What is the legal age I can start work full-time right now?

HomeBlogWhat is the legal age I can start work full-time right now?

As a teenager, you are so excited to gain independence and the opportunities are endless, whether it be buying and driving your own car, to working and earning your own money. So what is the legal age you can start working full-time? This Business Kitz article has all the answers.

The legal age you can start working full-time varies depending on the state or territory that you are employed in. The minimum age applies to all forms of work for all employees, including apprenticeships or traineeships. The age you can start working full-time also varies depending on the state or territory you work in. These ages and associated conditions are explained below.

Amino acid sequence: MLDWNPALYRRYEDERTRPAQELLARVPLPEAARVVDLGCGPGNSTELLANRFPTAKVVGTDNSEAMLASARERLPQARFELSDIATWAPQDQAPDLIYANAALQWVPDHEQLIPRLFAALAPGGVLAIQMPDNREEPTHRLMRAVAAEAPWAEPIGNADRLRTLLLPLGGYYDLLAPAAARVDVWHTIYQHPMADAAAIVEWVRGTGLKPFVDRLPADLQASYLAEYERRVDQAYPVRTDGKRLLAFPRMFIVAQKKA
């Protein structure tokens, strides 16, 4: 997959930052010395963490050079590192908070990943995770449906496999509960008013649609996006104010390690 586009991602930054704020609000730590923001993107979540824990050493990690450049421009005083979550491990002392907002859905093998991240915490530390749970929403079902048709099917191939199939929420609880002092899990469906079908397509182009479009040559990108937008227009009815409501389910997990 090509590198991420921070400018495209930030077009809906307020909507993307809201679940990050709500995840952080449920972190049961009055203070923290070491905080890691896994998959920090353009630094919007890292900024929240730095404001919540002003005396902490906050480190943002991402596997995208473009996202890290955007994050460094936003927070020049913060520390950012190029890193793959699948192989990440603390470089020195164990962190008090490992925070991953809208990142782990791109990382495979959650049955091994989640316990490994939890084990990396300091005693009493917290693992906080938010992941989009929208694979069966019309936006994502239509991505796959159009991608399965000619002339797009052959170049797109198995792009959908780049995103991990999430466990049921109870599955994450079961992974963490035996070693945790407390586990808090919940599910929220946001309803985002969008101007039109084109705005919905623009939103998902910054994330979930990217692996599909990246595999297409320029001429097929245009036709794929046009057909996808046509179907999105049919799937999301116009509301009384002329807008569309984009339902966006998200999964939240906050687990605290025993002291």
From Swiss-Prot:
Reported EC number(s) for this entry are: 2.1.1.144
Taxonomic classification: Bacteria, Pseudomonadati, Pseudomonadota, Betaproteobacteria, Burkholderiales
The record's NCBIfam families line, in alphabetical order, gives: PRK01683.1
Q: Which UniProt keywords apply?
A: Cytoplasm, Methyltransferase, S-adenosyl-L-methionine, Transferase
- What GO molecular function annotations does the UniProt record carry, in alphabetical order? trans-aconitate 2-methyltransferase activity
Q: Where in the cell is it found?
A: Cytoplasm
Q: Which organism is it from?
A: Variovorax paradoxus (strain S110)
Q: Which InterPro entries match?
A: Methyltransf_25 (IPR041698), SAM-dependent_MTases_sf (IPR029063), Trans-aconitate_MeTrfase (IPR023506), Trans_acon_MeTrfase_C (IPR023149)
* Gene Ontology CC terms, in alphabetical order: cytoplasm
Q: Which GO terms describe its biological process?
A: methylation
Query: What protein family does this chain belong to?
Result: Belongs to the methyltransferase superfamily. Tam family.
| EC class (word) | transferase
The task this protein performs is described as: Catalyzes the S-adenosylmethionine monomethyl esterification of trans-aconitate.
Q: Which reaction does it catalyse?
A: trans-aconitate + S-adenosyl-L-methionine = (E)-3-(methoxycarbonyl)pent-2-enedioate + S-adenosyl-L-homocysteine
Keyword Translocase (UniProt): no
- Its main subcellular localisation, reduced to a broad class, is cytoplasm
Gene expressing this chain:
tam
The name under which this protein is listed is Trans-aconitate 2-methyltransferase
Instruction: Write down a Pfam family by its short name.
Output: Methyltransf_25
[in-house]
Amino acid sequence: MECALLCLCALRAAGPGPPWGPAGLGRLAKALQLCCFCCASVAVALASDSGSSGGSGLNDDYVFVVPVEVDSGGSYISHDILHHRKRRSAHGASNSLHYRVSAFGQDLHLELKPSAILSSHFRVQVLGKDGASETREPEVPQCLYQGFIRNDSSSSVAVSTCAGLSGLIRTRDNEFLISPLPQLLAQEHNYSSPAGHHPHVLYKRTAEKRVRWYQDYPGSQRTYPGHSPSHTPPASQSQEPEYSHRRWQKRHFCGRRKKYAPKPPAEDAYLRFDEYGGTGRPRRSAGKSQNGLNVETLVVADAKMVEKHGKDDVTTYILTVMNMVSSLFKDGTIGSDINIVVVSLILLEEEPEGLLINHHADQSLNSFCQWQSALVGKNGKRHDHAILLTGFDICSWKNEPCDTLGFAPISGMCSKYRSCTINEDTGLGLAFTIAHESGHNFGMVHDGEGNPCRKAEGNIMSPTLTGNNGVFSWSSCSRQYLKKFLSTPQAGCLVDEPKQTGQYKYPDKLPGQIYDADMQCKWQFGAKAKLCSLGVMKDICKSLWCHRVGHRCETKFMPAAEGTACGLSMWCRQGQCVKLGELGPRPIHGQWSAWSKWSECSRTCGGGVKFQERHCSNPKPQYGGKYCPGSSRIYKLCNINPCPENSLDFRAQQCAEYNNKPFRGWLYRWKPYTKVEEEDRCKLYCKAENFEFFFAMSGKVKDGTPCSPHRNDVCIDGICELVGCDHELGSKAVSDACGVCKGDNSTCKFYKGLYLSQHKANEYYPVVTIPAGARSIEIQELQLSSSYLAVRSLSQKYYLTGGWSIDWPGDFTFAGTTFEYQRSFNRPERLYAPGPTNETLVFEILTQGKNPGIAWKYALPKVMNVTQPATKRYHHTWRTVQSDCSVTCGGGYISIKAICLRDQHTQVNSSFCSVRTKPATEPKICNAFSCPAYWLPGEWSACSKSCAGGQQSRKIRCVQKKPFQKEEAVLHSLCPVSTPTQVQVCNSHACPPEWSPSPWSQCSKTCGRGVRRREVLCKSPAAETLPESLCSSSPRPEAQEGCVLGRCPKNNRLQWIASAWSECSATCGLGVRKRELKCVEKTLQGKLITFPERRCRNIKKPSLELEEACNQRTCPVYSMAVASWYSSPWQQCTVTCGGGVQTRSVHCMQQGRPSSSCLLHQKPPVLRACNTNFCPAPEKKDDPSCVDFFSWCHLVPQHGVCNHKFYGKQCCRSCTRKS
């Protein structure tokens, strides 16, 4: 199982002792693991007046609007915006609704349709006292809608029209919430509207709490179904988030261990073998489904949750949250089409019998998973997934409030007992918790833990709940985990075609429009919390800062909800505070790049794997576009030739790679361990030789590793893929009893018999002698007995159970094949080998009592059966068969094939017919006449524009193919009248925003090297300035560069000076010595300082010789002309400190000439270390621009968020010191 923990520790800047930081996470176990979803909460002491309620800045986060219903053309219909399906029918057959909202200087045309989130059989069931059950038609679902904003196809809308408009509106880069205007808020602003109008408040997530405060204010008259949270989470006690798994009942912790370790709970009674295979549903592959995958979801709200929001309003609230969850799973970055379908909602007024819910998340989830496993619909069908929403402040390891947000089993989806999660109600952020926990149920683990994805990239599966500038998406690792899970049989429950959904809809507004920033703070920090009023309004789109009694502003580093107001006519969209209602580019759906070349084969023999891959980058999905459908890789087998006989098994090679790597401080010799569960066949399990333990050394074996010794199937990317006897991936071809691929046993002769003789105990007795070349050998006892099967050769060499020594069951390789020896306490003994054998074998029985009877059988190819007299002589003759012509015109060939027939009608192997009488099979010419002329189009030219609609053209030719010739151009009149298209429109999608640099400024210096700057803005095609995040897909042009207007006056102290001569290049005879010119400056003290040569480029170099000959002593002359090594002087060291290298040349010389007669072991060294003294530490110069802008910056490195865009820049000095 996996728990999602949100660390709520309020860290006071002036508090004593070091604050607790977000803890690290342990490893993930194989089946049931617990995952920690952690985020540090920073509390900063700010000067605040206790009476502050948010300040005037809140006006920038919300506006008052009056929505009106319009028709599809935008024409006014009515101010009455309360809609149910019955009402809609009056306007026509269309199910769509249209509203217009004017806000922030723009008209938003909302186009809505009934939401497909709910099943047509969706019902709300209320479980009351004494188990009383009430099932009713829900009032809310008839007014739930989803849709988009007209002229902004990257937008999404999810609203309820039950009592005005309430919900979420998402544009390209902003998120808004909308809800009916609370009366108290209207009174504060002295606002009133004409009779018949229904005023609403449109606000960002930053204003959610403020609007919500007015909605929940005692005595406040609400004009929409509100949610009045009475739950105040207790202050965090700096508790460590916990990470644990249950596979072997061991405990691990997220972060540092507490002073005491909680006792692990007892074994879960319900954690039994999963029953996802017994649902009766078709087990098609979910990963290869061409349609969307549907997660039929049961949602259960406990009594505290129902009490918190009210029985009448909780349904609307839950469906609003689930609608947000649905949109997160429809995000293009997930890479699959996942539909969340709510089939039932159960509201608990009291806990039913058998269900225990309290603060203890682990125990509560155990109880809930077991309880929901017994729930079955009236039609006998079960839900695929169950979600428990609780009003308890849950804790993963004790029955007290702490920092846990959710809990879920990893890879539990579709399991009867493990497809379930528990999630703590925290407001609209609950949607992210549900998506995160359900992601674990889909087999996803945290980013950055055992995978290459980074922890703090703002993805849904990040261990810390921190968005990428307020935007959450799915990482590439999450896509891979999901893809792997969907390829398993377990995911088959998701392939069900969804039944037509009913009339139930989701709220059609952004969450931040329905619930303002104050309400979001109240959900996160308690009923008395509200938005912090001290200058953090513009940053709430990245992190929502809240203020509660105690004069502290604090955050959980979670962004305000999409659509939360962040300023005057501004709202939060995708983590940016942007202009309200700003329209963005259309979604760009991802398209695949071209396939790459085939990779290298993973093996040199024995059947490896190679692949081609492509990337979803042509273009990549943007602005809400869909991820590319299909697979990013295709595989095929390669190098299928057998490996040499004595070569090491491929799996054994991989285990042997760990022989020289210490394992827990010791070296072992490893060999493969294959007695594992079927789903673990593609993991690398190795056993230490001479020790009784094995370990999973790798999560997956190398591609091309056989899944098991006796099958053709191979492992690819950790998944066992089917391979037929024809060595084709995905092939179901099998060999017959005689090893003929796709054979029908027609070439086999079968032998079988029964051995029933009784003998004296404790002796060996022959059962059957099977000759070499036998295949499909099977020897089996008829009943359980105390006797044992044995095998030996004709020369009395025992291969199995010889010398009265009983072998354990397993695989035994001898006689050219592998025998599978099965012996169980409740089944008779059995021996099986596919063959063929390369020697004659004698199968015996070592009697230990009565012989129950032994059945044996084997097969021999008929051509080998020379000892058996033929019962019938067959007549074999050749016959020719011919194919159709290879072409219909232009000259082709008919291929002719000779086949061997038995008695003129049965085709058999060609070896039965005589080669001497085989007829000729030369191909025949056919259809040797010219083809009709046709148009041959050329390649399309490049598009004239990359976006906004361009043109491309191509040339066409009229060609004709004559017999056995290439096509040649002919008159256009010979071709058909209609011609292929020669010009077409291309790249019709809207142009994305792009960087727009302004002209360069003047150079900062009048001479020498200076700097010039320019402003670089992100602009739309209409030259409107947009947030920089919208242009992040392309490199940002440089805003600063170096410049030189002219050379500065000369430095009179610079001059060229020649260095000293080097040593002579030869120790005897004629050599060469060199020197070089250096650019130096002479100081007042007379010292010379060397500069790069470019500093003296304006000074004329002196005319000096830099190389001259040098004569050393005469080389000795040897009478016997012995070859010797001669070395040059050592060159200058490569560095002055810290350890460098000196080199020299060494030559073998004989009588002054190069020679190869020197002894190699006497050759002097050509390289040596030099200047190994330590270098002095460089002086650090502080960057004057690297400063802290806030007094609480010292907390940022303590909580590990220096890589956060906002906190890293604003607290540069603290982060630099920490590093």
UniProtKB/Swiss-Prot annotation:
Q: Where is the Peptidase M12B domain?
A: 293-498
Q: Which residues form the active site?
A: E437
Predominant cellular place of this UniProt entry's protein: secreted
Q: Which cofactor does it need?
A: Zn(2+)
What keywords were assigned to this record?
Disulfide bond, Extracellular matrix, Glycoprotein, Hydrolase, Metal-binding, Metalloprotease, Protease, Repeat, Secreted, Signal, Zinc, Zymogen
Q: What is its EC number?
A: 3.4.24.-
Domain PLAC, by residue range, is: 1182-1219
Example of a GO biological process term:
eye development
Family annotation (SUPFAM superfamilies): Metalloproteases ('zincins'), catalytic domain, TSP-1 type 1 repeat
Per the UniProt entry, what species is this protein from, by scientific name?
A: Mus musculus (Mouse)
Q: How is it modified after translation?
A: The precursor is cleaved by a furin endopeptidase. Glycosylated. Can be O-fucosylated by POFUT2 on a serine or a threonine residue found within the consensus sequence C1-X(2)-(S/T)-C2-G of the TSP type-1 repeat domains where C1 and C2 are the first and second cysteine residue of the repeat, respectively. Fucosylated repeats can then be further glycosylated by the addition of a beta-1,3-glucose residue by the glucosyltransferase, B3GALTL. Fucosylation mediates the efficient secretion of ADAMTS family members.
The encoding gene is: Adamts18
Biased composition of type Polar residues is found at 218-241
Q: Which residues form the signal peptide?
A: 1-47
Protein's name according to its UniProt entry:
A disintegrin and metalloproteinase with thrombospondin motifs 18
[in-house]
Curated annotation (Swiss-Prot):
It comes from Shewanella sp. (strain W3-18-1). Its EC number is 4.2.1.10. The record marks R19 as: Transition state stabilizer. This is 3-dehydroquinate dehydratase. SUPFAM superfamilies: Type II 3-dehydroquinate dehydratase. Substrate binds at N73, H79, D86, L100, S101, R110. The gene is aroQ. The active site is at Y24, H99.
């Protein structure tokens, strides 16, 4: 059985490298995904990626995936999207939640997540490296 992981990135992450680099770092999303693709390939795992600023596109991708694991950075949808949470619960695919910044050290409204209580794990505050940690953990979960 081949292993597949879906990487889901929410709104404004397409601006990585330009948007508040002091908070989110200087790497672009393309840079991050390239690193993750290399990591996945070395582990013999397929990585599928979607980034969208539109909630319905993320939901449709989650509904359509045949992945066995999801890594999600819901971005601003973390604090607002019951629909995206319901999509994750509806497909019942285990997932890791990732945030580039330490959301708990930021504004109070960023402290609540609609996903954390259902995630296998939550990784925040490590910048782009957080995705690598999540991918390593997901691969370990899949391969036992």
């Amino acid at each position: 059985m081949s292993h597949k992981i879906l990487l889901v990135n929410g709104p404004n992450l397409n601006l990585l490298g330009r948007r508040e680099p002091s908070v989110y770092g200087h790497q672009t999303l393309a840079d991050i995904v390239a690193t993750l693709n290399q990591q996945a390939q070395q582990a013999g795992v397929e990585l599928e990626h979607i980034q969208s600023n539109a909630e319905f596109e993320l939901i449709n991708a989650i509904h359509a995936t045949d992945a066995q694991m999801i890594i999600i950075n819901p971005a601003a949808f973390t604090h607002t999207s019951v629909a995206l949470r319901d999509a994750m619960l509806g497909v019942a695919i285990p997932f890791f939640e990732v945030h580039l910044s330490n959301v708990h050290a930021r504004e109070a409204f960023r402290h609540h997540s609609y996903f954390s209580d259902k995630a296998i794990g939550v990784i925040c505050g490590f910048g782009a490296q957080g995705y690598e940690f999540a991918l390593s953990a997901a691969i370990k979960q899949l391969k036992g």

Australian Capital Territory

There is no minimum age to start casual or part-time work in the Australian Capital Territory, however, if you are under 15, you can only do light work. 

Light work includes, but is not limited to the following:

  • Running errands;
  • Casual work in and around a private home;
  • Sporting related work e.g. umpire or referee;
  • Clerical work;
  • Cashier work;
  • Gardening;
  • Babysitting; 
  • Modelling; or 
  • Performing arts e.g. film, television, theatre.

In the Australian Capital Territory, you can begin full-time work when you turn 17 or when you finish year 12, whichever happens first. Alternatively, you can submit an application to work full-time once you have completed year 10, given you have your parent’s consent to do so. 

New South Wales